How clinically useful is comprehensive genomic profiling for patients with non-small cell lung cancer? A systematic review

Resumen

Descripción

Abstract

Given the lack of a gold standard, the clinical usefulness of Comprehensive Genomic Profiling (CGP) has not been established. This systematic review aimed to evaluate evidence about the clinical benefit of CGP for patients with Non-small cell lung carcinoma (NSCLC). All controlled studies that evaluated the ability of CGP to detect actionable targets (ATs) reported increases in the number of samples with ATs. The frequency of ATs detected in uncontrolled case series ranged from 0.7 % for RET mutations to 45 % for EGFR mutations. The studies that evaluated therapies targeted to EGFR, ALK, ROS-1, MET, and RET mutations documented significant improvement in clinical outcomes. This review suggests that CGP tests may be clinically helpful for treating patients with NSCLC. Although current evidence is associated with a high risk of bias, the significant impact of NSCLC on individuals and society may justify the routine use of CGP testing for this disease.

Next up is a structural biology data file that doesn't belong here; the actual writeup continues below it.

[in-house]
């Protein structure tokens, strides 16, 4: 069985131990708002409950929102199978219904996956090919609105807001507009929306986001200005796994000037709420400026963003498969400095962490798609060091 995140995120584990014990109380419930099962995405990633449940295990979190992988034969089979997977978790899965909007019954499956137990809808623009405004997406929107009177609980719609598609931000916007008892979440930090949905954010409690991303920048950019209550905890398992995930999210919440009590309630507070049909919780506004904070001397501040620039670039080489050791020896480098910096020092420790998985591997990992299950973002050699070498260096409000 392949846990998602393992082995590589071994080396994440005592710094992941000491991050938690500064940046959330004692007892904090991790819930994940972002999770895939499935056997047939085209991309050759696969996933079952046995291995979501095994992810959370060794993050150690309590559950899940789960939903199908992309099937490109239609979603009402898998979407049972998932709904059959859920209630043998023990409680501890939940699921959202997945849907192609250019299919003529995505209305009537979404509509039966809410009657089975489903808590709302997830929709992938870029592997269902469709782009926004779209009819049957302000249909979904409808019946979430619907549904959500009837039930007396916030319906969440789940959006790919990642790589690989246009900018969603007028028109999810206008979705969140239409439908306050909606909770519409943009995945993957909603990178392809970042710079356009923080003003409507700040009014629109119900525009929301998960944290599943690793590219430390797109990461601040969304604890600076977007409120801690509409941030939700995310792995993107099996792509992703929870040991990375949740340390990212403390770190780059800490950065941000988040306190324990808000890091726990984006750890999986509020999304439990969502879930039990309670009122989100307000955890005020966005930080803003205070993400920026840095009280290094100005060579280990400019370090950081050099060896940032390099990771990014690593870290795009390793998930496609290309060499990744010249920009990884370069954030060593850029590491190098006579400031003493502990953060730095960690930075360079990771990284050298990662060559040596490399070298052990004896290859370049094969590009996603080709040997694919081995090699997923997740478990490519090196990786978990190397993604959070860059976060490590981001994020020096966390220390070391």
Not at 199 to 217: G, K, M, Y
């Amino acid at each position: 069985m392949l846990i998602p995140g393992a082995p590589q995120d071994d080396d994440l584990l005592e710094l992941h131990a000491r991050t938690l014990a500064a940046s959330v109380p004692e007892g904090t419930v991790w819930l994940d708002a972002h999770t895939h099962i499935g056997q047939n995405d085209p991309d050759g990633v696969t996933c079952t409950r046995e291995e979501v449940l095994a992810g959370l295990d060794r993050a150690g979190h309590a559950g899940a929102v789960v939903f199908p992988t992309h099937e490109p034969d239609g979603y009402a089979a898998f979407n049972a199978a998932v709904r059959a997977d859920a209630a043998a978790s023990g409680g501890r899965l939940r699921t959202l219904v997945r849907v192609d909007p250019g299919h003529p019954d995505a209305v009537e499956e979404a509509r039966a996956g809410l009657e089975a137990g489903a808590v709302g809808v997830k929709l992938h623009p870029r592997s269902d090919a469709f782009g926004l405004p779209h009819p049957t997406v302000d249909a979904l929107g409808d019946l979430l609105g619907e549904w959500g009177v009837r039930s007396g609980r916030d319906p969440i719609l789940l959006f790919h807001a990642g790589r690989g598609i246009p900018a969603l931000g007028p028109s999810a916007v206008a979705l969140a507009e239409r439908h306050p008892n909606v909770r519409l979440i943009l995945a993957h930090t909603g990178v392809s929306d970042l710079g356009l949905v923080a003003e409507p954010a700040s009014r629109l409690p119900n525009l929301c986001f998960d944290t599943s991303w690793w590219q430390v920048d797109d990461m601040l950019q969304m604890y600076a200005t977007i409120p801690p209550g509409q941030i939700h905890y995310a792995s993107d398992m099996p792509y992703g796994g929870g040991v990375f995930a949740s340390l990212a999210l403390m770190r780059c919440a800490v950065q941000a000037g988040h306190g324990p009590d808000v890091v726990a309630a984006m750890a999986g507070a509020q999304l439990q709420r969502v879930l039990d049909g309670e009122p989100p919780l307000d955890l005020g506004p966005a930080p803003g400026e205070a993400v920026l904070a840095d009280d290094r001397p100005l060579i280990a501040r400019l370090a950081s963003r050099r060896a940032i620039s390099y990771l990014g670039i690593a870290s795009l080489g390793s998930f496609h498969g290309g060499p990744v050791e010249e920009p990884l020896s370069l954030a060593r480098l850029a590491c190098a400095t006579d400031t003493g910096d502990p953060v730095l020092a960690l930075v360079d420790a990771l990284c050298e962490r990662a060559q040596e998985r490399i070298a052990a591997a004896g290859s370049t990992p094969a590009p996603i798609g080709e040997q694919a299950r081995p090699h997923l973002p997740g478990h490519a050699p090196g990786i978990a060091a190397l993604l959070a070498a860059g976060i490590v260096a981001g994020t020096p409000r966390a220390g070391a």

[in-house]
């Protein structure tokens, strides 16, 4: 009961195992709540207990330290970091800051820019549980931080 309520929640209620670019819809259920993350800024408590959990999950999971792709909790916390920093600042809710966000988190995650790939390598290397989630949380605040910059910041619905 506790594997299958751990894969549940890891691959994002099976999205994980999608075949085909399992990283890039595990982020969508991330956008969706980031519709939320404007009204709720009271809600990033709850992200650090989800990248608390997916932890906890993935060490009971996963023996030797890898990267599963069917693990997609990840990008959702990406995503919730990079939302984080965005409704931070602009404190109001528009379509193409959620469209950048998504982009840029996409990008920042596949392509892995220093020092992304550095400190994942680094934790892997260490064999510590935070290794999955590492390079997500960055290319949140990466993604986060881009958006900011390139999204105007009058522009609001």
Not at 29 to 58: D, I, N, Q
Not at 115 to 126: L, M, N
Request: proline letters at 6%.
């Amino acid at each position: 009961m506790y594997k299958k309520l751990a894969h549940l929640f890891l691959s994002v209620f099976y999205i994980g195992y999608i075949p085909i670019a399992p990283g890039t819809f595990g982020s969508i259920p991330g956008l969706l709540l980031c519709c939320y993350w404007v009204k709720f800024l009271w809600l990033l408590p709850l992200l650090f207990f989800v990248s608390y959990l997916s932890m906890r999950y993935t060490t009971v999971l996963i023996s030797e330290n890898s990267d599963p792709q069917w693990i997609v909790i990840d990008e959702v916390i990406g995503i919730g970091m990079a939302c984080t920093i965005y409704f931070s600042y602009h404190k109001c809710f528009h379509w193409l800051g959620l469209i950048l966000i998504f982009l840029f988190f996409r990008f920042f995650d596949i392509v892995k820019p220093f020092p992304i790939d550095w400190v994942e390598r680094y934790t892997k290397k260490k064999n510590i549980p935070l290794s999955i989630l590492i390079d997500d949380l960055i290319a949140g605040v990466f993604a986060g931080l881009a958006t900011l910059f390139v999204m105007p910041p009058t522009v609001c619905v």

Palabras clave

Keywords

Companion diagnostics, Personalized oncology, Next-generation sequencing

Temáticas

Citación

Colecciones